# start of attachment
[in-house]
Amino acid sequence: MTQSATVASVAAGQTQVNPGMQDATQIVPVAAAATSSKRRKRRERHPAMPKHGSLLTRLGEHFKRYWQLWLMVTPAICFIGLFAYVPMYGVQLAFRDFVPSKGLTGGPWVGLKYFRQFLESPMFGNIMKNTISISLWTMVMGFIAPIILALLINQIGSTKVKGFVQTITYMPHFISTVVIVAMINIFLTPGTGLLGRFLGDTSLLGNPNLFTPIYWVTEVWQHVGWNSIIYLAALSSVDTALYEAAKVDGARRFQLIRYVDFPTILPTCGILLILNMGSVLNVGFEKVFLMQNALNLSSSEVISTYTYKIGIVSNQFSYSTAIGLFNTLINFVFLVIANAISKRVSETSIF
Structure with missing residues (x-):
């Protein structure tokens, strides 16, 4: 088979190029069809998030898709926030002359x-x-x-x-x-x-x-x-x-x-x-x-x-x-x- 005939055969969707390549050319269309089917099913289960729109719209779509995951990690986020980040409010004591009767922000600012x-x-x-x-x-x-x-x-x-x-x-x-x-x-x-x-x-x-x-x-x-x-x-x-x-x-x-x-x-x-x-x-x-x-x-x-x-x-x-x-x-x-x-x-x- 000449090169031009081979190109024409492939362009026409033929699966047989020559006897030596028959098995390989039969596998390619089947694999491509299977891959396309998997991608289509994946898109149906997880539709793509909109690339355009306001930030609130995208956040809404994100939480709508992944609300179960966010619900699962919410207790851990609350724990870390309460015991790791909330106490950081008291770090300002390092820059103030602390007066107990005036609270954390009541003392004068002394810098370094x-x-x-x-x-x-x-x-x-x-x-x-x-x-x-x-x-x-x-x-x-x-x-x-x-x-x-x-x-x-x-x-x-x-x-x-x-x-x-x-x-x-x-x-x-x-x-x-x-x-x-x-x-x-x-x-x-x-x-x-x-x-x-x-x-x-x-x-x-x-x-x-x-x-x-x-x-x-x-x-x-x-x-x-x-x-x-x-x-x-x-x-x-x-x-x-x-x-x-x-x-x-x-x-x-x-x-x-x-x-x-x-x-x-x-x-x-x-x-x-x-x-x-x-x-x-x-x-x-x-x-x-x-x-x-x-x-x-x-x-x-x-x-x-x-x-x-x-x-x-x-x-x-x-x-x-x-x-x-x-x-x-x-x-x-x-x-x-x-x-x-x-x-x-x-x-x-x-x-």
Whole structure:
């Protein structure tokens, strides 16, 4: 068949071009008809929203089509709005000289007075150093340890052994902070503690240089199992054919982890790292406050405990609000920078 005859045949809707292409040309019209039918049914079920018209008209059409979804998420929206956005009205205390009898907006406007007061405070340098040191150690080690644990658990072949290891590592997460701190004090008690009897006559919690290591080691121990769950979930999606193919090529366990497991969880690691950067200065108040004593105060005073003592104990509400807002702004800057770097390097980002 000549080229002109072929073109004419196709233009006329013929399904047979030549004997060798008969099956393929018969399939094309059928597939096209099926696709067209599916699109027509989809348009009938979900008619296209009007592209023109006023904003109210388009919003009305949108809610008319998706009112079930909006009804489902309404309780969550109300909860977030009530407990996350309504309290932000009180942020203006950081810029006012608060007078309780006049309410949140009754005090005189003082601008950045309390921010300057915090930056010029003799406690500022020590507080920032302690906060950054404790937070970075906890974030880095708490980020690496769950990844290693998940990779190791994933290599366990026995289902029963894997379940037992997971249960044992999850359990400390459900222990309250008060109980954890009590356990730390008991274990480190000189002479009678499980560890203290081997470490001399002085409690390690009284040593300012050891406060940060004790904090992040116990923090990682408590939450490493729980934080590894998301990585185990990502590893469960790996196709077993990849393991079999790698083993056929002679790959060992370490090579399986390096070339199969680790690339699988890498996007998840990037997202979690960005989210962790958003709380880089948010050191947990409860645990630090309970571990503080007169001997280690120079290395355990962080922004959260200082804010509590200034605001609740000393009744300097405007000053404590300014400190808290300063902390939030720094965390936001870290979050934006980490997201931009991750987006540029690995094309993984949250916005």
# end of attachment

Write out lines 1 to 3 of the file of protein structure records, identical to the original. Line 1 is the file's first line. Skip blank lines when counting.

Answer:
[in-house]
Amino acid sequence: MTQSATVASVAAGQTQVNPGMQDATQIVPVAAAATSSKRRKRRERHPAMPKHGSLLTRLGEHFKRYWQLWLMVTPAICFIGLFAYVPMYGVQLAFRDFVPSKGLTGGPWVGLKYFRQFLESPMFGNIMKNTISISLWTMVMGFIAPIILALLINQIGSTKVKGFVQTITYMPHFISTVVIVAMINIFLTPGTGLLGRFLGDTSLLGNPNLFTPIYWVTEVWQHVGWNSIIYLAALSSVDTALYEAAKVDGARRFQLIRYVDFPTILPTCGILLILNMGSVLNVGFEKVFLMQNALNLSSSEVISTYTYKIGIVSNQFSYSTAIGLFNTLINFVFLVIANAISKRVSETSIF
Structure with missing residues (x-):